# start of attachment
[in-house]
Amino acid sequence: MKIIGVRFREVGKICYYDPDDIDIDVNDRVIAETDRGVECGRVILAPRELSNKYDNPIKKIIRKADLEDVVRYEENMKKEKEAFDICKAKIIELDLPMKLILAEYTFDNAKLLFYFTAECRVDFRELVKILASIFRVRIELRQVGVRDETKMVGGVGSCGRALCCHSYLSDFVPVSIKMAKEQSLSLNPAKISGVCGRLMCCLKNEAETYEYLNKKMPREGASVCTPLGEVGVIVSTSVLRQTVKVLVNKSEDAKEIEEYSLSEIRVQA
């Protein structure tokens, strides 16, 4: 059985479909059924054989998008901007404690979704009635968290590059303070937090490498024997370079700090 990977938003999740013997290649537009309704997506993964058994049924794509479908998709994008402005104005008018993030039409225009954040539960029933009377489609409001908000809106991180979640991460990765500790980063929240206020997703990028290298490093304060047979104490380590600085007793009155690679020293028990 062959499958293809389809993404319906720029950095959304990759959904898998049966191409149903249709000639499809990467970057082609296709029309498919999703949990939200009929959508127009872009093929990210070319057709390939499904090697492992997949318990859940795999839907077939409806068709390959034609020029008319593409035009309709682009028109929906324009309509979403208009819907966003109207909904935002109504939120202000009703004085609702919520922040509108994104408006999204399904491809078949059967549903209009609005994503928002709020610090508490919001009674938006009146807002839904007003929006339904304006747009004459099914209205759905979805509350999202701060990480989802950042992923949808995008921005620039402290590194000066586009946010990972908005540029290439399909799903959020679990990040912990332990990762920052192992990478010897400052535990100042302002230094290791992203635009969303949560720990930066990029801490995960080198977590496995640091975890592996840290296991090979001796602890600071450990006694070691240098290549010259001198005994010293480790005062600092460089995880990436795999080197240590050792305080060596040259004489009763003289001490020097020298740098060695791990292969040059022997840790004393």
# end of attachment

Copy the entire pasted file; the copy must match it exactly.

[in-house]
Amino acid sequence: MKIIGVRFREVGKICYYDPDDIDIDVNDRVIAETDRGVECGRVILAPRELSNKYDNPIKKIIRKADLEDVVRYEENMKKEKEAFDICKAKIIELDLPMKLILAEYTFDNAKLLFYFTAECRVDFRELVKILASIFRVRIELRQVGVRDETKMVGGVGSCGRALCCHSYLSDFVPVSIKMAKEQSLSLNPAKISGVCGRLMCCLKNEAETYEYLNKKMPREGASVCTPLGEVGVIVSTSVLRQTVKVLVNKSEDAKEIEEYSLSEIRVQA
């Protein structure tokens, strides 16, 4: 059985479909059924054989998008901007404690979704009635968290590059303070937090490498024997370079700090 990977938003999740013997290649537009309704997506993964058994049924794509479908998709994008402005104005008018993030039409225009954040539960029933009377489609409001908000809106991180979640991460990765500790980063929240206020997703990028290298490093304060047979104490380590600085007793009155690679020293028990 062959499958293809389809993404319906720029950095959304990759959904898998049966191409149903249709000639499809990467970057082609296709029309498919999703949990939200009929959508127009872009093929990210070319057709390939499904090697492992997949318990859940795999839907077939409806068709390959034609020029008319593409035009309709682009028109929906324009309509979403208009819907966003109207909904935002109504939120202000009703004085609702919520922040509108994104408006999204399904491809078949059967549903209009609005994503928002709020610090508490919001009674938006009146807002839904007003929006339904304006747009004459099914209205759905979805509350999202701060990480989802950042992923949808995008921005620039402290590194000066586009946010990972908005540029290439399909799903959020679990990040912990332990990762920052192992990478010897400052535990100042302002230094290791992203635009969303949560720990930066990029801490995960080198977590496995640091975890592996840290296991090979001796602890600071450990006694070691240098290549010259001198005994010293480790005062600092460089995880990436795999080197240590050792305080060596040259004489009763003289001490020097020298740098060695791990292969040059022997840790004393």